Patient Care and Monitoring

© Regimens for headache disorders should be individualized based on headache type, pattern of occurrence, response to therapy, medication tolerability, and comor-bid medical conditions.

1. Assess the patient complaint to yield a detailed description of headache: precipitating factors; presence or absence of prodromal symptoms; location, intensity, and duration of pain; changes in sensory acuity, and; neurologic alterations.

2. Determine if immediate referral for emergency or specialist care is necessary.

3. Identify medication allergies, and obtain a thorough history of nonprescription and prescription drug use and complementary and alternative therapies utilized.

4. Identify the presence of drug-drug interactions that may guide therapeutic decision making in regard to selecting acute and prophylactic headache treatments.

5. Obtain a complete medical and social history, and identify any potential drug-disease interactions or social factors that may influence treatment choices.

6. Obtain a family medical history, focusing on headache or mental health disorders in first degree relatives.

7. Complete a review of systems and physical examination to identify causes or complications of headache.

8. Determine the type of headache disorder and rule out acute complications.

9. Recommend appropriate pharmacologic therapy to abort headache based on type, patient characteristics, current medication profile, and comorbid conditions.

10. Educate the patient on administration, maximum dosage, and anticipated adverse effects of the prescribed medication.

11. Recommend appropriate nonpharmacologic therapy to abort headache and to prevent future headaches.

12. Determine if the patient is a candidate for prophylactic pharmacologic therapy.

13. Recommend appropriate pharmacologic treatment for the prevention of future headaches.

14. Assess response to therapy indicated by the absence of pain and a return to normal activities. Assess response to prophylactic therapy by improvements in headache frequency and severity.

15. Instruct the patient to keep a headache diary to identify potential causes of headaches and responses to therapy.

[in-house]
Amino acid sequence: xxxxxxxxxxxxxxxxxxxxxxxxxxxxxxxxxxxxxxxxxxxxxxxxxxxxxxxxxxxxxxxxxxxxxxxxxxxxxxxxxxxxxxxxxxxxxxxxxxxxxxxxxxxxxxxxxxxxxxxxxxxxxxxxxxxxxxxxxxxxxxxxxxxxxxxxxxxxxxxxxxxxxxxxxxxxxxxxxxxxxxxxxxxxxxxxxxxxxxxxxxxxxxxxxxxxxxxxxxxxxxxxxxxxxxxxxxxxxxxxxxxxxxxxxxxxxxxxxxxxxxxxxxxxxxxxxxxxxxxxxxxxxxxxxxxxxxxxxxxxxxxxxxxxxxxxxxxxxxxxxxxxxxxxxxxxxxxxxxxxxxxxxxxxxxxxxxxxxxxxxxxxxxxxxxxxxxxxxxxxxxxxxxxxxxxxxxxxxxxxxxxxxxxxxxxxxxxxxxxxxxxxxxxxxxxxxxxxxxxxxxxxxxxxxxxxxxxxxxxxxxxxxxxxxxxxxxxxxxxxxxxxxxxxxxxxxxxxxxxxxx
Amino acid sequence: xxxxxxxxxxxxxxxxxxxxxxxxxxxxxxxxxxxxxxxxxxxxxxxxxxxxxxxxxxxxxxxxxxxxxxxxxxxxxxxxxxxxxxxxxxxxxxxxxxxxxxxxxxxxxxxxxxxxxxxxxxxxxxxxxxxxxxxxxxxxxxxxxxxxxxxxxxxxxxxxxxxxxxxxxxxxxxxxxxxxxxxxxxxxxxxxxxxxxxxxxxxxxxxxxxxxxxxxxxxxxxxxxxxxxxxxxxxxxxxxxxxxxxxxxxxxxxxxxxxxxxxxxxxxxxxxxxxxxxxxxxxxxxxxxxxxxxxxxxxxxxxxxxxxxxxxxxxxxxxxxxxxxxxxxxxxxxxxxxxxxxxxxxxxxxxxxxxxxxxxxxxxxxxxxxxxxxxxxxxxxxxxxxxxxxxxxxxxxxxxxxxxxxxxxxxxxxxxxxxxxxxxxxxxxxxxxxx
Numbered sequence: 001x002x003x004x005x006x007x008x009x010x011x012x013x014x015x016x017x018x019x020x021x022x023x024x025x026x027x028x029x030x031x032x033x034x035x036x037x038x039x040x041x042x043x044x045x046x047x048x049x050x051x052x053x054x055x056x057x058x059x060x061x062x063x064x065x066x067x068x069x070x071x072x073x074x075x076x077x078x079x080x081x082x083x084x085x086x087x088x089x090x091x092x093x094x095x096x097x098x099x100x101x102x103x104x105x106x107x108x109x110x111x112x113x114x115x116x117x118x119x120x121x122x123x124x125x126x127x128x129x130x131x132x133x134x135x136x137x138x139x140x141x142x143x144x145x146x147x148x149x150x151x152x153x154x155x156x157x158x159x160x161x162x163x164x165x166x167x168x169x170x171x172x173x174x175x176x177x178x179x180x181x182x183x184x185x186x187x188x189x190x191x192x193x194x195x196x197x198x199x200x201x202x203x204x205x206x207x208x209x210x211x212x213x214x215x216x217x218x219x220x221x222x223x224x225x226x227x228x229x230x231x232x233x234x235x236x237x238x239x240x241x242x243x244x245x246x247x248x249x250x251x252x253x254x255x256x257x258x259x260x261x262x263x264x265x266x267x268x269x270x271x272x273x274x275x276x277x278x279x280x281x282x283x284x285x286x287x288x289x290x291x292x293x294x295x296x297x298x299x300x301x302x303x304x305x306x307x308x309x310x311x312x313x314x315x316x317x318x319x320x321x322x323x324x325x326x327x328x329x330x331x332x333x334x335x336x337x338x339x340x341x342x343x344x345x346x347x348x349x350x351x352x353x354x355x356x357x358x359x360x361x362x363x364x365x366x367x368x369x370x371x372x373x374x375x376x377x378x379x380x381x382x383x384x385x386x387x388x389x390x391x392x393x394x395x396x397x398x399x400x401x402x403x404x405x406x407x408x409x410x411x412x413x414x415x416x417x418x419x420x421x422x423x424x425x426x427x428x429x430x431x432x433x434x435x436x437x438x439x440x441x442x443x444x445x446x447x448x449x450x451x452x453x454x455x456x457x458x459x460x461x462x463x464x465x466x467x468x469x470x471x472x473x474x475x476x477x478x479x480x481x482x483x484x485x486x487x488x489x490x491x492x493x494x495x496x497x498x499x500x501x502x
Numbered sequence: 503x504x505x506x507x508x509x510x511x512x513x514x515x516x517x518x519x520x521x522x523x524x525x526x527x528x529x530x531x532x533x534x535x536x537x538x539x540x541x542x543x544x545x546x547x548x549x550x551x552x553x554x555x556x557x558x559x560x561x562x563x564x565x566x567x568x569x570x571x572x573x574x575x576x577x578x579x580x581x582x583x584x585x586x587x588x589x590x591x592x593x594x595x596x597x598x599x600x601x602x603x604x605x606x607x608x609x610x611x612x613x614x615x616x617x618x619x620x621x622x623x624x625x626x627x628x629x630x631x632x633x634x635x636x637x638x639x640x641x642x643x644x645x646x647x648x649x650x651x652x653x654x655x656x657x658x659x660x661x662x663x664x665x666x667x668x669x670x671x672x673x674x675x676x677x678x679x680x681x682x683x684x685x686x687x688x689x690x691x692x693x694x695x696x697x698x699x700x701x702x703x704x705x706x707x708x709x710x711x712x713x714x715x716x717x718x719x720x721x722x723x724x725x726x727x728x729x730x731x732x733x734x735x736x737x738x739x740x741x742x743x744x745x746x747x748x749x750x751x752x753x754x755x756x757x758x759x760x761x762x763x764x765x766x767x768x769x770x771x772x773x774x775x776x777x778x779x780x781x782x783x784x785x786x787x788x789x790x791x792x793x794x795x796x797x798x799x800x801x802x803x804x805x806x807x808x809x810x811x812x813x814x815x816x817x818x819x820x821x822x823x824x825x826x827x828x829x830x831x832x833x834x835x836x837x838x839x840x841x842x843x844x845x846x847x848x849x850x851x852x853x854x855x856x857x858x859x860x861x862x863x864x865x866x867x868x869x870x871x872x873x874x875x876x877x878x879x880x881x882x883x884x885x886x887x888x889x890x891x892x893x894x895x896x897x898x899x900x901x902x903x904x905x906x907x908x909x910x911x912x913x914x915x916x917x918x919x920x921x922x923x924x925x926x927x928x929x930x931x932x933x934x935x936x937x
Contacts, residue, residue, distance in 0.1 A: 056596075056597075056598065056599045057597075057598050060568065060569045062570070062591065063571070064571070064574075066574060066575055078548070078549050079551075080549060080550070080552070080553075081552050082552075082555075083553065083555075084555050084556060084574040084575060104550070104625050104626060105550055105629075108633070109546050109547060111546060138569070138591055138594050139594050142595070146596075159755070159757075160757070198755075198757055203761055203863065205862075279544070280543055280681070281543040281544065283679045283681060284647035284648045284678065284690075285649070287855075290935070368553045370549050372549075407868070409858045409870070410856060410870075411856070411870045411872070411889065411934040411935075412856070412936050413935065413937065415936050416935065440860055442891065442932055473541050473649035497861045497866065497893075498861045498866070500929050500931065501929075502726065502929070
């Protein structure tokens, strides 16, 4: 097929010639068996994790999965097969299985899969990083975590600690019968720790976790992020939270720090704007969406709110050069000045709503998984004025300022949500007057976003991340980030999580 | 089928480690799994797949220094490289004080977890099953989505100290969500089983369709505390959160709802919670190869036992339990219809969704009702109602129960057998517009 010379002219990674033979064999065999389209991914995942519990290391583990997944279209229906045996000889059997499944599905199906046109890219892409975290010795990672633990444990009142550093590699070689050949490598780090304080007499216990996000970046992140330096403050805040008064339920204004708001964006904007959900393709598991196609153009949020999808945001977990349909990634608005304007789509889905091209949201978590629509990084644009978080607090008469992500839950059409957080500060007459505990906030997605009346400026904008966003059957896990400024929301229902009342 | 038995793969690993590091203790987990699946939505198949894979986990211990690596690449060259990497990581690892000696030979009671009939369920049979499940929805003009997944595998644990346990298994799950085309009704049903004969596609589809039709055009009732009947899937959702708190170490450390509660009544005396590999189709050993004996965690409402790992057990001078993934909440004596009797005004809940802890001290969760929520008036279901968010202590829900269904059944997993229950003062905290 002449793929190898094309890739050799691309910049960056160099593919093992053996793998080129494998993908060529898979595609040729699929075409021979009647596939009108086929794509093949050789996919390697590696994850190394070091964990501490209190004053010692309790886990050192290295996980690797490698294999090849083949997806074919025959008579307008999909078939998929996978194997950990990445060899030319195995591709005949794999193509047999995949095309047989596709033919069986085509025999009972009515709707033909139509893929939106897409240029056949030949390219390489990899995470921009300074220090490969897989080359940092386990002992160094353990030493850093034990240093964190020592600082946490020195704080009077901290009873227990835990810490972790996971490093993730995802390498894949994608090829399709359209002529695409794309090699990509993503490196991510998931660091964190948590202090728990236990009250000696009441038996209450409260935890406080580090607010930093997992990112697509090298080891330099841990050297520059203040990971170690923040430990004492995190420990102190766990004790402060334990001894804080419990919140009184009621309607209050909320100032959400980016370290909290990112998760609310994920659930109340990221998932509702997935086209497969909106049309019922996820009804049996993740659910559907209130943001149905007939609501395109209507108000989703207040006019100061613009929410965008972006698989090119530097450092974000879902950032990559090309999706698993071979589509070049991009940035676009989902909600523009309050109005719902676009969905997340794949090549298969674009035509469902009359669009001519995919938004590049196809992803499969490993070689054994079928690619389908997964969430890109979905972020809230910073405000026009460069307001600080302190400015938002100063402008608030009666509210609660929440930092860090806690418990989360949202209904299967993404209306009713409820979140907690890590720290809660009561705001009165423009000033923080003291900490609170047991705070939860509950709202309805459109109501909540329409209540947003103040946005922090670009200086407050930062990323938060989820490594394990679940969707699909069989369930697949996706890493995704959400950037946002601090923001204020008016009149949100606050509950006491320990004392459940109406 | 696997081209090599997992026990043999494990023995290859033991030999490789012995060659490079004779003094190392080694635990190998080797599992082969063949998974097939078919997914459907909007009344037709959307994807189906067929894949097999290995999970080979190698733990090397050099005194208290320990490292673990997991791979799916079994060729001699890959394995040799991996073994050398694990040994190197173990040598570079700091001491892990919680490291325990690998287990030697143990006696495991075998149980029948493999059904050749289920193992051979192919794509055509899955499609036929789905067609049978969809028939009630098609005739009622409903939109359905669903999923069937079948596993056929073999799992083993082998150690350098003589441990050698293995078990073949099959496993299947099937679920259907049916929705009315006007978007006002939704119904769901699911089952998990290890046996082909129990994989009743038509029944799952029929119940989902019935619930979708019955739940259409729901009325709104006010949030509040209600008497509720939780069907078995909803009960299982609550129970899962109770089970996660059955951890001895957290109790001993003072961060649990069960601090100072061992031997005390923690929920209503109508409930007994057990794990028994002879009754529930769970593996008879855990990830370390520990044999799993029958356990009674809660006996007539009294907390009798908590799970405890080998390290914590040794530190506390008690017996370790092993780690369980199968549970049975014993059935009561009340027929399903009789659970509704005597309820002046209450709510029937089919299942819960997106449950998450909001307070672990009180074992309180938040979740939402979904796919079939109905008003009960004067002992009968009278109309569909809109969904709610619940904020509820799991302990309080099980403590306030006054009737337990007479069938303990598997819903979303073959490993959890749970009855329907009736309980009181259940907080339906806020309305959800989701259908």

16. Provide the patient specific information regarding actions to take, if therapy is ineffective or adverse effects develop.

17. Educate the patient on the importance of adherence to their individualized pharmacologic regimen to prevent headache and to diminish pain upon recurrence.

18. Educate the patient on the warning symptoms and signs of headache complications, and when to seek emergency medical attention.

Abbreviations Introduced in This Chapter

ACEI

Angiotensin-Converting enzyme inhibitor

AMI

Acute myocardial infarction

ARB

Angiotensin receptor blocker

ccu

Coronary care unit

CGRP

Calcitonin gene-related peptide

CH F

Congestive heart failure

COX-2

Cyclooxygenase type 2 inhibitor

CSF

Cerebrospinal fluid

CT

Computed tomography-

CTA

Clear to auscultation

CYP

Cytochrome P450 isoenzyme system

DHE

D i hyd roe rgot amine

ESR

Erythrocyte sedimentation rate

GABA

y-Aminobutyric acid

GERD

Gastroesophageal reflux disease

ICHD

International Classification of Headache

Disorders

IHS

International Headache Society

MAO-A

Monoamine oxidase type A

MRG

Murmur, rub, gallop

NSAID

Nonsteroidal anti-inflammatory drug

OTC

Over-the-counter

RR

Respiratory rate

SNRI

Scrotonin-norepincphrine reuptake inhibitor

SSRI

Selective serotonin reuptake inhibitors

TC.A

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^ Self-assessment questions and answers are available at ht-tp://www. mhpharmacotherapy. com/pp.html.

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